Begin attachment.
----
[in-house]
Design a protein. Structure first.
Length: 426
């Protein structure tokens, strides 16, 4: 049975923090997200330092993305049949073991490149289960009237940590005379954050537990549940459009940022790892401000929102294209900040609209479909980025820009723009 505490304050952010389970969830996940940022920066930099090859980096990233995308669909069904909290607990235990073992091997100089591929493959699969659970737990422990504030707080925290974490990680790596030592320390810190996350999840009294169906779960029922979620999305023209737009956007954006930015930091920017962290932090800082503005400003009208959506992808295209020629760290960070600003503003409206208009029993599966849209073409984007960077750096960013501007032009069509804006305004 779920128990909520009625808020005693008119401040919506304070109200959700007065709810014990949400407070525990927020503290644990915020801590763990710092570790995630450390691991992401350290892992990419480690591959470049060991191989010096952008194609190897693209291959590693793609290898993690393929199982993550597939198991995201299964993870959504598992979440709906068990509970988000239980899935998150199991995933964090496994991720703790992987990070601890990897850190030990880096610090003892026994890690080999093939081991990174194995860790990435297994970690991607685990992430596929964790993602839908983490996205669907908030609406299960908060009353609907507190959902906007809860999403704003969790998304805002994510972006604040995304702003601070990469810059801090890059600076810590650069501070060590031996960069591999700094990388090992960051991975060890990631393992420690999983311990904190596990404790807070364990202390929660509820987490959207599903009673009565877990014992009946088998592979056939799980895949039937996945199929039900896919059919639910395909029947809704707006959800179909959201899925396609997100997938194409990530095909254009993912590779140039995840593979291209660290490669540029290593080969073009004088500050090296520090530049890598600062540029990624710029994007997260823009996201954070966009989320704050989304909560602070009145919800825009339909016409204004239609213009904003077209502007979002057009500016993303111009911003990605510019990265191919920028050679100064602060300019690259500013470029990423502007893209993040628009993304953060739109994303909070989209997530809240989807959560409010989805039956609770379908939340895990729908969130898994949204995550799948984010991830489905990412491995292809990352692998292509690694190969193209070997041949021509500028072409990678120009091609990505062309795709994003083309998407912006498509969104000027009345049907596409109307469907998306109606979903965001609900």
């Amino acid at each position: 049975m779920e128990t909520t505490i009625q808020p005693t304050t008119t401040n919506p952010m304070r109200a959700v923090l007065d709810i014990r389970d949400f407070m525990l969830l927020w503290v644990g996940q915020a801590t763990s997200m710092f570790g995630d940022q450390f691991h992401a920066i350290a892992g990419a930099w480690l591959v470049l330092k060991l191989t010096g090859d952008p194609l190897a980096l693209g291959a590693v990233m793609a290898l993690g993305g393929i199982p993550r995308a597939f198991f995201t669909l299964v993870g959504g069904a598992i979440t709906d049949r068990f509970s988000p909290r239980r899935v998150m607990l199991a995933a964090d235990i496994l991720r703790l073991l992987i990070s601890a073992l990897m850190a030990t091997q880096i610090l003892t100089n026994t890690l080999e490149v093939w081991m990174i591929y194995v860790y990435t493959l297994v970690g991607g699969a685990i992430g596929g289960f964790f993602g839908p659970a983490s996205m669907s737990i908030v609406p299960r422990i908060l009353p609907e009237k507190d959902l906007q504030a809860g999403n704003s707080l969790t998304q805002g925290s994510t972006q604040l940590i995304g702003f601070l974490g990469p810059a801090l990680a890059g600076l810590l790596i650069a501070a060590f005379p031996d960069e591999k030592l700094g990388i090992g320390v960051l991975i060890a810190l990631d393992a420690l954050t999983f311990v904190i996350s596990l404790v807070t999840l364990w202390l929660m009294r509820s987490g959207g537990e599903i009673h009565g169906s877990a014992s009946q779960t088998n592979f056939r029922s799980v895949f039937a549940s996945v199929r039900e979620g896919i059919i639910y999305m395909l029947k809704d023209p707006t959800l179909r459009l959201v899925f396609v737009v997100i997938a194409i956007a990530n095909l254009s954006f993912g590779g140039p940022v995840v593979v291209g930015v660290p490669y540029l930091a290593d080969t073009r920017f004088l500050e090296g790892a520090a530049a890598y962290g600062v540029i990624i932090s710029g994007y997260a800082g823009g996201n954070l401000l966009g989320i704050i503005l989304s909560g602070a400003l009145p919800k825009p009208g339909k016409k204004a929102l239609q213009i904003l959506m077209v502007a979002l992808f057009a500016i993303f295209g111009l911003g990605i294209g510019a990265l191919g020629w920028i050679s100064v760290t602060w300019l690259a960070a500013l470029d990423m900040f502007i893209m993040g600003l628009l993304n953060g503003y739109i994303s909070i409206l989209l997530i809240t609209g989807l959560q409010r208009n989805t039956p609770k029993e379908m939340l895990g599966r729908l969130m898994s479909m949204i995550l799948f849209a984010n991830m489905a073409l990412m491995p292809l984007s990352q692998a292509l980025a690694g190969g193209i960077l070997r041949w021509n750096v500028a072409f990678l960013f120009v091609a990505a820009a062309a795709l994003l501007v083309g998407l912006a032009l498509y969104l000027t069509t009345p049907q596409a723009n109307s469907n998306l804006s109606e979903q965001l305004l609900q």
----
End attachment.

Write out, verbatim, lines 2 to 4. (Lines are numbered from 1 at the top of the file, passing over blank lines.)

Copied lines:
Design a protein. Structure first.
Length: 426
């Protein structure tokens, strides 16, 4: 049975923090997200330092993305049949073991490149289960009237940590005379954050537990549940459009940022790892401000929102294209900040609209479909980025820009723009 505490304050952010389970969830996940940022920066930099090859980096990233995308669909069904909290607990235990073992091997100089591929493959699969659970737990422990504030707080925290974490990680790596030592320390810190996350999840009294169906779960029922979620999305023209737009956007954006930015930091920017962290932090800082503005400003009208959506992808295209020629760290960070600003503003409206208009029993599966849209073409984007960077750096960013501007032009069509804006305004 779920128990909520009625808020005693008119401040919506304070109200959700007065709810014990949400407070525990927020503290644990915020801590763990710092570790995630450390691991992401350290892992990419480690591959470049060991191989010096952008194609190897693209291959590693793609290898993690393929199982993550597939198991995201299964993870959504598992979440709906068990509970988000239980899935998150199991995933964090496994991720703790992987990070601890990897850190030990880096610090003892026994890690080999093939081991990174194995860790990435297994970690991607685990992430596929964790993602839908983490996205669907908030609406299960908060009353609907507190959902906007809860999403704003969790998304805002994510972006604040995304702003601070990469810059801090890059600076810590650069501070060590031996960069591999700094990388090992960051991975060890990631393992420690999983311990904190596990404790807070364990202390929660509820987490959207599903009673009565877990014992009946088998592979056939799980895949039937996945199929039900896919059919639910395909029947809704707006959800179909959201899925396609997100997938194409990530095909254009993912590779140039995840593979291209660290490669540029290593080969073009004088500050090296520090530049890598600062540029990624710029994007997260823009996201954070966009989320704050989304909560602070009145919800825009339909016409204004239609213009904003077209502007979002057009500016993303111009911003990605510019990265191919920028050679100064602060300019690259500013470029990423502007893209993040628009993304953060739109994303909070989209997530809240989807959560409010989805039956609770379908939340895990729908969130898994949204995550799948984010991830489905990412491995292809990352692998292509690694190969193209070997041949021509500028072409990678120009091609990505062309795709994003083309998407912006498509969104000027009345049907596409109307469907998306109606979903965001609900």